Oil prices surged to their highest since 2014 on Thursday on tightening global crude stocks and after OPEC members said they would stick with output cuts for now despite gains in Brent to nearly $70 per barrel.
Brent crude futures hit $69.88, their highest since December 2014. By 1531 GMT, the contract was trading at $69.70, 50 cents above the last close.
US West Texas Intermediate (WTI) crude futures surged to $64.77, also the highest since December 2014, before edging back to $64.42, 85 cents above the last close.
Sentiment received a boost from a surprise drop in US production and lower US crude inventories.
“The steady, if not rapid, decline in US crude oil inventories from persistently high refinery demand and elevated exports has firmly registered with the market,” said John Kilduff, partner at Again Capital LLC in New York.
Data from the US Energy Information Administration showed that crude inventories fell by almost 5 million barrels to 419.5 million barrels in the week to January 5.
US output declines
US production declined by 290,000 barrels per day (bpd) to 9.5 million bpd, the EIA said, despite expectations of output breaking through 10 million bpd.
The drop in production, likely to be because of extremely cold weather that halted some onshore output in North America, was expected to be shortlived.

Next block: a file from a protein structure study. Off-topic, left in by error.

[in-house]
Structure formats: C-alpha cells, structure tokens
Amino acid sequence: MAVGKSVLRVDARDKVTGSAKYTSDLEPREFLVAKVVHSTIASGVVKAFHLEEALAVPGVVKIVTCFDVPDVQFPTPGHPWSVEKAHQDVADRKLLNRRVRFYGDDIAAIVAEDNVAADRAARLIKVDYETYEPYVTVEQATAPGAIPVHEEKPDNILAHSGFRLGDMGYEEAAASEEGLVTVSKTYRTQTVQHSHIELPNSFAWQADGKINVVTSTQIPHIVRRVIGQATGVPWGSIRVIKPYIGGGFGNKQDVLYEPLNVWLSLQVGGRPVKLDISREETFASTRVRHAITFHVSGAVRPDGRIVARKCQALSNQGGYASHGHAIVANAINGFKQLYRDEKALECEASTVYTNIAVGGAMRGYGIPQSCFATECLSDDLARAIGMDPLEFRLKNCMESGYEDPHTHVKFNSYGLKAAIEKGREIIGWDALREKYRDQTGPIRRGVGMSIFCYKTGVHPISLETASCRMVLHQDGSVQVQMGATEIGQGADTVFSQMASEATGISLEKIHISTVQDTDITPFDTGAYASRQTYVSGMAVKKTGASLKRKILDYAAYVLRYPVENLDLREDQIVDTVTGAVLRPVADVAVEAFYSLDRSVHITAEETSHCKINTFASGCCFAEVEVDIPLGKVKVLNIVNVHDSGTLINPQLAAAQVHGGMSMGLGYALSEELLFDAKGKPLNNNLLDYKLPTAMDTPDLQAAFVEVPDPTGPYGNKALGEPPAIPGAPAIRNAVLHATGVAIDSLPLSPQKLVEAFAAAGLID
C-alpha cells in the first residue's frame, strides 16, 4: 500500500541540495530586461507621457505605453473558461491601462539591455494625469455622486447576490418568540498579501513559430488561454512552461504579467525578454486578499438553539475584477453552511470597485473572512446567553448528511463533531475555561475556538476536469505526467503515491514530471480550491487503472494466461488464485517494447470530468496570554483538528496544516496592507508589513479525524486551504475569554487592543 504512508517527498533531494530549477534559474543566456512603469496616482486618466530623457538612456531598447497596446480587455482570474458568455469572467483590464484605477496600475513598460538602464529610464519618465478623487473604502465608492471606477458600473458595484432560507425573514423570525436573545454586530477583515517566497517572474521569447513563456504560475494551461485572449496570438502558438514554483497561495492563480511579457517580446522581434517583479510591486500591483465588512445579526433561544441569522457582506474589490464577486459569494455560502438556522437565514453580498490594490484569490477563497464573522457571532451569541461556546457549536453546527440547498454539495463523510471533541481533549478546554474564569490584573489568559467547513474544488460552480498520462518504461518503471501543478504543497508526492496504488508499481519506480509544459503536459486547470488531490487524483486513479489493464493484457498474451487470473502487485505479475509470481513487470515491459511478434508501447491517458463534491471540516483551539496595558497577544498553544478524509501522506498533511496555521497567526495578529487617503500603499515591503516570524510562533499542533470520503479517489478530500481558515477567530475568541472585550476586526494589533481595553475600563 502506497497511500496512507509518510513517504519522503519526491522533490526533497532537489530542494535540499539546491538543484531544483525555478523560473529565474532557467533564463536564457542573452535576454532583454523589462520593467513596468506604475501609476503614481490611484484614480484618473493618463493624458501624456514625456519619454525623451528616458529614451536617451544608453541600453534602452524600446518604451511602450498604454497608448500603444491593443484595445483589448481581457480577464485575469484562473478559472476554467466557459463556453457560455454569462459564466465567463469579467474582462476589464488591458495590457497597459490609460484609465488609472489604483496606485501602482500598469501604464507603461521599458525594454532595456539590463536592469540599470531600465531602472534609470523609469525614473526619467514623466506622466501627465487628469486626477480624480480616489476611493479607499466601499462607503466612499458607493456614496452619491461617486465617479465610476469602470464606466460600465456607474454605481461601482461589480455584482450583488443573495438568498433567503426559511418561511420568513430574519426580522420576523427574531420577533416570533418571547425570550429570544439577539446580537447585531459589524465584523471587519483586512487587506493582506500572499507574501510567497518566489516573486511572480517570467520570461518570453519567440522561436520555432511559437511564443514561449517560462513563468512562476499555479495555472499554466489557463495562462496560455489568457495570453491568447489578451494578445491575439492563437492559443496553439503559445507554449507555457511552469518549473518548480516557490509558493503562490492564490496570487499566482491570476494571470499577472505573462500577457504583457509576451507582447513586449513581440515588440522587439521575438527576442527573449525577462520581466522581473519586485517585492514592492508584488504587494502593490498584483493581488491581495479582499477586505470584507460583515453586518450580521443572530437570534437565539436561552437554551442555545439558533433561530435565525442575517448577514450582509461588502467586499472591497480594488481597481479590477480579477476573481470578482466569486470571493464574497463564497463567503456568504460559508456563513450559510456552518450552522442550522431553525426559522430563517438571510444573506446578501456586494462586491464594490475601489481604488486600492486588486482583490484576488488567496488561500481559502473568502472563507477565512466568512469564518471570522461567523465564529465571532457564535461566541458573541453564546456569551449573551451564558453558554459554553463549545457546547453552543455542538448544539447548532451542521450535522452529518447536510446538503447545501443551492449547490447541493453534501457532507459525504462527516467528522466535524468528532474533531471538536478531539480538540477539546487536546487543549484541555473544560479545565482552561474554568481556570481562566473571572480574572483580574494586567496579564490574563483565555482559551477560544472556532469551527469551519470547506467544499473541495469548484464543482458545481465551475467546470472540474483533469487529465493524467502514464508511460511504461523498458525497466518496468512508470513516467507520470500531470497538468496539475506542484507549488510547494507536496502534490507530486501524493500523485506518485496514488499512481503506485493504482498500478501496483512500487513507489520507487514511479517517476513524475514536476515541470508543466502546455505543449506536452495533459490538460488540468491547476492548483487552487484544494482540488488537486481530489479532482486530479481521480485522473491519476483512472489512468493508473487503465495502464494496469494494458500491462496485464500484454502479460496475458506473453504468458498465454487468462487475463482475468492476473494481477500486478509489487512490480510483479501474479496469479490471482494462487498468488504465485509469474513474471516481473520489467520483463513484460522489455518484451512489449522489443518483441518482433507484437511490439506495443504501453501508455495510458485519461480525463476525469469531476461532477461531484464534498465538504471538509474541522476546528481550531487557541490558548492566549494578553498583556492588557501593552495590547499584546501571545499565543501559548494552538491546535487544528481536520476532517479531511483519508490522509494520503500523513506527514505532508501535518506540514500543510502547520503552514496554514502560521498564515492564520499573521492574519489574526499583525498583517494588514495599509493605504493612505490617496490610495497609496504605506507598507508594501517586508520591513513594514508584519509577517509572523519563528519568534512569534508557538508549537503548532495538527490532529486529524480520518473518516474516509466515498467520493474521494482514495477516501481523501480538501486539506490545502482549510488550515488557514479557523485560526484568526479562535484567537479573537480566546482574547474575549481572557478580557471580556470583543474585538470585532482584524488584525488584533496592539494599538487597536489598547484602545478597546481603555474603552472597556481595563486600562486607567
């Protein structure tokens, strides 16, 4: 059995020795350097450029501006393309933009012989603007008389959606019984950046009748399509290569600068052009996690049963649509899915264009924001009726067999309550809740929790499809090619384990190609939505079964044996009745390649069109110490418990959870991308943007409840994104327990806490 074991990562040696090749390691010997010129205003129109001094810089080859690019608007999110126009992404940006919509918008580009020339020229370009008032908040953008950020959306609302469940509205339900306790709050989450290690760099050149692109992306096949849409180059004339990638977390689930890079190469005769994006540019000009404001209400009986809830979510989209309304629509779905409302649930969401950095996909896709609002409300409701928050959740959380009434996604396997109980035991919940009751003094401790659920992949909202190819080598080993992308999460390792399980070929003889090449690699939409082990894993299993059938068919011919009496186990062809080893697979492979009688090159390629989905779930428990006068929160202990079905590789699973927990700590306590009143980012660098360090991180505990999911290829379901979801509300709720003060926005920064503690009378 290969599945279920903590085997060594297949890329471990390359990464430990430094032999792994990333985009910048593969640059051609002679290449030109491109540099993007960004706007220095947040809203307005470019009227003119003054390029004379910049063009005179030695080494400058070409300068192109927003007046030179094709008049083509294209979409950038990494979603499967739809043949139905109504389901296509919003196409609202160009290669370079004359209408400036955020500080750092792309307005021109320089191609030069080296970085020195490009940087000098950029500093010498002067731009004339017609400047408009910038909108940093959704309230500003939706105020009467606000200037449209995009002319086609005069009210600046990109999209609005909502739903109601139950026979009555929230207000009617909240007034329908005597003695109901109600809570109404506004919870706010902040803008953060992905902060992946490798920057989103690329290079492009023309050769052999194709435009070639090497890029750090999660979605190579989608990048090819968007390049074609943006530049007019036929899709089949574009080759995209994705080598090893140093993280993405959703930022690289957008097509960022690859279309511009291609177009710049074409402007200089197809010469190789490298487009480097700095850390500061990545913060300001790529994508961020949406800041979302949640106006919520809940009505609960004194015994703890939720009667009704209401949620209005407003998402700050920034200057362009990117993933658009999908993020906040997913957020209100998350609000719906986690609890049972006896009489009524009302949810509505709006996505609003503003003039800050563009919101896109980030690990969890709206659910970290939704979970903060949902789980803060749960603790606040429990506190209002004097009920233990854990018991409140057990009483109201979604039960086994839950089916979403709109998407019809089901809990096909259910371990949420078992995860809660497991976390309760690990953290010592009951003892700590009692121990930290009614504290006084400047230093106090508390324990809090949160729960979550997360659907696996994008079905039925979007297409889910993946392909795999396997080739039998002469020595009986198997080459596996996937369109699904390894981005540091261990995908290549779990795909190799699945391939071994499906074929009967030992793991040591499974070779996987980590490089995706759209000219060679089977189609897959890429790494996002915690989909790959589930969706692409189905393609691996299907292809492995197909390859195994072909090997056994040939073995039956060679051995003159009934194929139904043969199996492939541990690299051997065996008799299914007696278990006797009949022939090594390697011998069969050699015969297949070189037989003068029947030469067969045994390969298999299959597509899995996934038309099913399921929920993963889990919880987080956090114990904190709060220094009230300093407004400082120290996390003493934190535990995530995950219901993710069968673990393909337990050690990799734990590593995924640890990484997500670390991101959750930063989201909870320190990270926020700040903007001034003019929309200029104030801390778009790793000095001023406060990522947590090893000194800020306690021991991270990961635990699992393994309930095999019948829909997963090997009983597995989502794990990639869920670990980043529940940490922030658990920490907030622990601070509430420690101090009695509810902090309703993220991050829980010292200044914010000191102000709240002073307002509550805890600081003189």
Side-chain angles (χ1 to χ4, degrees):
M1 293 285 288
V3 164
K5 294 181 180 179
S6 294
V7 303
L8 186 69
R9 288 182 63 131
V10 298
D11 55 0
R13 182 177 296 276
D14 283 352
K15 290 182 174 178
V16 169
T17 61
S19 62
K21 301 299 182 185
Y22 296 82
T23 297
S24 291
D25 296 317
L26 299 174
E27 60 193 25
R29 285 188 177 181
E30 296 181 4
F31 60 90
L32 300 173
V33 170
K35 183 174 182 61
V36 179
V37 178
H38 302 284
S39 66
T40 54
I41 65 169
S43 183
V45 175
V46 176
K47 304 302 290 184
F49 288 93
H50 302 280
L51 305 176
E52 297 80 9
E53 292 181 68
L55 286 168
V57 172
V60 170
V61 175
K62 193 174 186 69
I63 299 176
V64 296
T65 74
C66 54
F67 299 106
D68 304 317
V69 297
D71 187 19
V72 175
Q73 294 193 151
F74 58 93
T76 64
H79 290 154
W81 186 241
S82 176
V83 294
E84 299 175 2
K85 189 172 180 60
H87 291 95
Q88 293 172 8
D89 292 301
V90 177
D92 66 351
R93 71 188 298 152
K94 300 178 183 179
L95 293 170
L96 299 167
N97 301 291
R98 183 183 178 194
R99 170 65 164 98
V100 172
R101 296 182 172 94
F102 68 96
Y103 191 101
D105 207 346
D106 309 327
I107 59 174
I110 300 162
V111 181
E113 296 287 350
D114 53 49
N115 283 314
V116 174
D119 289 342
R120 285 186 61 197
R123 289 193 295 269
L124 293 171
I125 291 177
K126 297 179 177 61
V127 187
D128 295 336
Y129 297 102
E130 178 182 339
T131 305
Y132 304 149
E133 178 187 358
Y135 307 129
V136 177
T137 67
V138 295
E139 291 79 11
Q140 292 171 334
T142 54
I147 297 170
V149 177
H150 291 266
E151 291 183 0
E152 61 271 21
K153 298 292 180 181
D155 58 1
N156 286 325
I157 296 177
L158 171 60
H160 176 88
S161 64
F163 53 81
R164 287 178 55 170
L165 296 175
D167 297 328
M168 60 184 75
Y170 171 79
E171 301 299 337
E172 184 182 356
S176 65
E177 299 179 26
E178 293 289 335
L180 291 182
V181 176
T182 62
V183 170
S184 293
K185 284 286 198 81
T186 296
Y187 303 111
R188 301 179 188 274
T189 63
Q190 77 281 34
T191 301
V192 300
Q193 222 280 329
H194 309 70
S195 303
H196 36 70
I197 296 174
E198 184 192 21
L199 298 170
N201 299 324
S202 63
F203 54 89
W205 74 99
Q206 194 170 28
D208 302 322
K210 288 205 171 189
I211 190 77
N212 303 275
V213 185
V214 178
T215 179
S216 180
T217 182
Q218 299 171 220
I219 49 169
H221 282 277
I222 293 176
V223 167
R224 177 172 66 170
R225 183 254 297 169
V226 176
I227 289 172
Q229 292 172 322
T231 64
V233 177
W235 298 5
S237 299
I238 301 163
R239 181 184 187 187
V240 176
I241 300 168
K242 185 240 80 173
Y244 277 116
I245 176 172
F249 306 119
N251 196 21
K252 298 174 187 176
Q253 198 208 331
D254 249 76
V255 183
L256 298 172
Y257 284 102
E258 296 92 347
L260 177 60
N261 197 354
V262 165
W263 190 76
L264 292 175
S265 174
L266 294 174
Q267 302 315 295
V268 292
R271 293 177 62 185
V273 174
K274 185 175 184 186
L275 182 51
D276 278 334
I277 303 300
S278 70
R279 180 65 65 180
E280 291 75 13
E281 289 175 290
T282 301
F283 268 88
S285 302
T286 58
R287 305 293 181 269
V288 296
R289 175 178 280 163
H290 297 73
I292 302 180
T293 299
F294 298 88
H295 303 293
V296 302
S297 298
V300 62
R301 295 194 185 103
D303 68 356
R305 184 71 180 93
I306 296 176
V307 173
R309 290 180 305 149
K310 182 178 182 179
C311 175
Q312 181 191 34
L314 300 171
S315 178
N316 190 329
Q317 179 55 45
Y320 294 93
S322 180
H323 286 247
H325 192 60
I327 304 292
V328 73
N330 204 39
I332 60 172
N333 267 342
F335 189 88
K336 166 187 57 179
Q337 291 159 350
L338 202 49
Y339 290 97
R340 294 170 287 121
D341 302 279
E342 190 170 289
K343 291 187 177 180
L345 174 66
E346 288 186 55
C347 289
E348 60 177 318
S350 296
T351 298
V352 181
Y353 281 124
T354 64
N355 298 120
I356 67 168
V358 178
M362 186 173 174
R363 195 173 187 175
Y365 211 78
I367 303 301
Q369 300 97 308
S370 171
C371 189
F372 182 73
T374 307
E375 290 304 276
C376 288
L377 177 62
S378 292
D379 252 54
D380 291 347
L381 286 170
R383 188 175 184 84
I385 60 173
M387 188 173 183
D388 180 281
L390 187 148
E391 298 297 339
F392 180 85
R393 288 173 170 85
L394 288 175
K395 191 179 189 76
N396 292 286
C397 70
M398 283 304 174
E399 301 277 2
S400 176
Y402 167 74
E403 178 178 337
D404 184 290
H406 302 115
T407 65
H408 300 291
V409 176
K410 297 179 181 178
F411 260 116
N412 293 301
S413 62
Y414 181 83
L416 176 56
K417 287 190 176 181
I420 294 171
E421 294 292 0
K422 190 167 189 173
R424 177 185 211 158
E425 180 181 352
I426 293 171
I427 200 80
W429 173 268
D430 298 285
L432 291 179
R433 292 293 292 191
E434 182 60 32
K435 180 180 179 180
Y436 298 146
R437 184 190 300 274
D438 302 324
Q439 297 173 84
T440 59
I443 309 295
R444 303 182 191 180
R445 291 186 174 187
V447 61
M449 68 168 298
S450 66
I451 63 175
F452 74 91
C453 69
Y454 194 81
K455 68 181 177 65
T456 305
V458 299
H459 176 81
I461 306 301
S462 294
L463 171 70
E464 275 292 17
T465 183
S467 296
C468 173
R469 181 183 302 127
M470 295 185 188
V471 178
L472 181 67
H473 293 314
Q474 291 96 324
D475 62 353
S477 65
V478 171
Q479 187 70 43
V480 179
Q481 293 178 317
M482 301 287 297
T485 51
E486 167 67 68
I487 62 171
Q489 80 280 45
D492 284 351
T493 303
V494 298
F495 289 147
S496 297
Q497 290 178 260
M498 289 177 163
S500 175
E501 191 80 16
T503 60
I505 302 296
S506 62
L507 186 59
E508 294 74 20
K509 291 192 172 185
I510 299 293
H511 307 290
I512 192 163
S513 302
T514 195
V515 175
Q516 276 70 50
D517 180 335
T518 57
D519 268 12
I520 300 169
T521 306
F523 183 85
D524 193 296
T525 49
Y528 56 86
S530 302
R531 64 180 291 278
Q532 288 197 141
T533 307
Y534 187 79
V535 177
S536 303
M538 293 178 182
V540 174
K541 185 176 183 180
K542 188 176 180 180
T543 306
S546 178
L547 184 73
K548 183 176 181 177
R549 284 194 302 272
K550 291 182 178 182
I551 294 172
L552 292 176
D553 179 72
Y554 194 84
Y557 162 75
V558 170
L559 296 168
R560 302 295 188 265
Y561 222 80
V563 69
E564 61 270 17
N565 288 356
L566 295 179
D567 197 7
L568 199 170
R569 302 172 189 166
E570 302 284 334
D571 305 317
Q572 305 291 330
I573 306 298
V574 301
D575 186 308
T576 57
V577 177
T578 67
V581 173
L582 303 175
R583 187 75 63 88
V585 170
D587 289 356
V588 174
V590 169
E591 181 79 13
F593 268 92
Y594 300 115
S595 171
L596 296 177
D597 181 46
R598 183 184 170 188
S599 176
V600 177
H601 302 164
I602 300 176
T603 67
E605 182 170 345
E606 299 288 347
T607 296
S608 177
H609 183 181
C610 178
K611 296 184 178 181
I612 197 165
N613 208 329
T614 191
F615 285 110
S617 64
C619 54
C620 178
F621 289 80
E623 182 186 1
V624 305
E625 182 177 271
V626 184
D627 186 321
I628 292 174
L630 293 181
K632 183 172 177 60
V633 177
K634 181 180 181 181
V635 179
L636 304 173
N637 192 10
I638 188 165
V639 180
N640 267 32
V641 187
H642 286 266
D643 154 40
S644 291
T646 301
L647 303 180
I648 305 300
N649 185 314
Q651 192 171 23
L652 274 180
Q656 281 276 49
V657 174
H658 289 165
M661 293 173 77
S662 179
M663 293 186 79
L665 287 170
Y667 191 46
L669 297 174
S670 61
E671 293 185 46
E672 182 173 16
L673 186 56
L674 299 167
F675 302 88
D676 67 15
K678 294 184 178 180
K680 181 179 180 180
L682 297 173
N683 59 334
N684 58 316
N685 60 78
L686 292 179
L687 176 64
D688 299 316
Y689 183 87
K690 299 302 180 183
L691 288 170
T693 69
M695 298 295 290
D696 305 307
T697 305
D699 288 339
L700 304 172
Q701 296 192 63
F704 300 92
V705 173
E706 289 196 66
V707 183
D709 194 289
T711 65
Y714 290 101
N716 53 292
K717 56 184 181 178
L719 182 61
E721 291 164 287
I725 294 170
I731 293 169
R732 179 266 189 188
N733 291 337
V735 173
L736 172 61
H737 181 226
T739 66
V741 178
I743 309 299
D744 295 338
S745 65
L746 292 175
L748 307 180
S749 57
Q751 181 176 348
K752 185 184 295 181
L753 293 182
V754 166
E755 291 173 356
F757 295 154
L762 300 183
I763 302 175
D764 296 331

Analysts said US stock draws were driving the market.
“(US crude oil inventories are at their lowest level since August 2015,” said PVM Oil Associates analyst Tamas Varga.
“OPEC is edging ever closer to its desired target of reducing OECD industrial stocks to the five-year average.”
On Thursday, UAE oil minister and current OPEC president Suhail al-Mazrouei said he expects the market to balance in 2018 and that the producer group is committed to its supply-reduction pact until the end of this year.
Production cuts led by the Organization of the Petroleum Exporting Countries and Russia, which are set to continue throughout 2018, have underpinned prices.
Still, downward pressure emerged in the physical market, where Iran and Iraq this week cut prices to remain competitive.
Fuel inventories in Asia and the United States remain ample.
In Asia’s Singapore oil trading hub, average refinery profit margins have fallen below $6 a barrel, their
lowest seasonal level in five years.
“Markets are getting a bit fatigued and a healthy correction could be on the cards,” said Stephen Innes, head of trading for Asia/Pacific at futures brokerage Oanda in Singapore.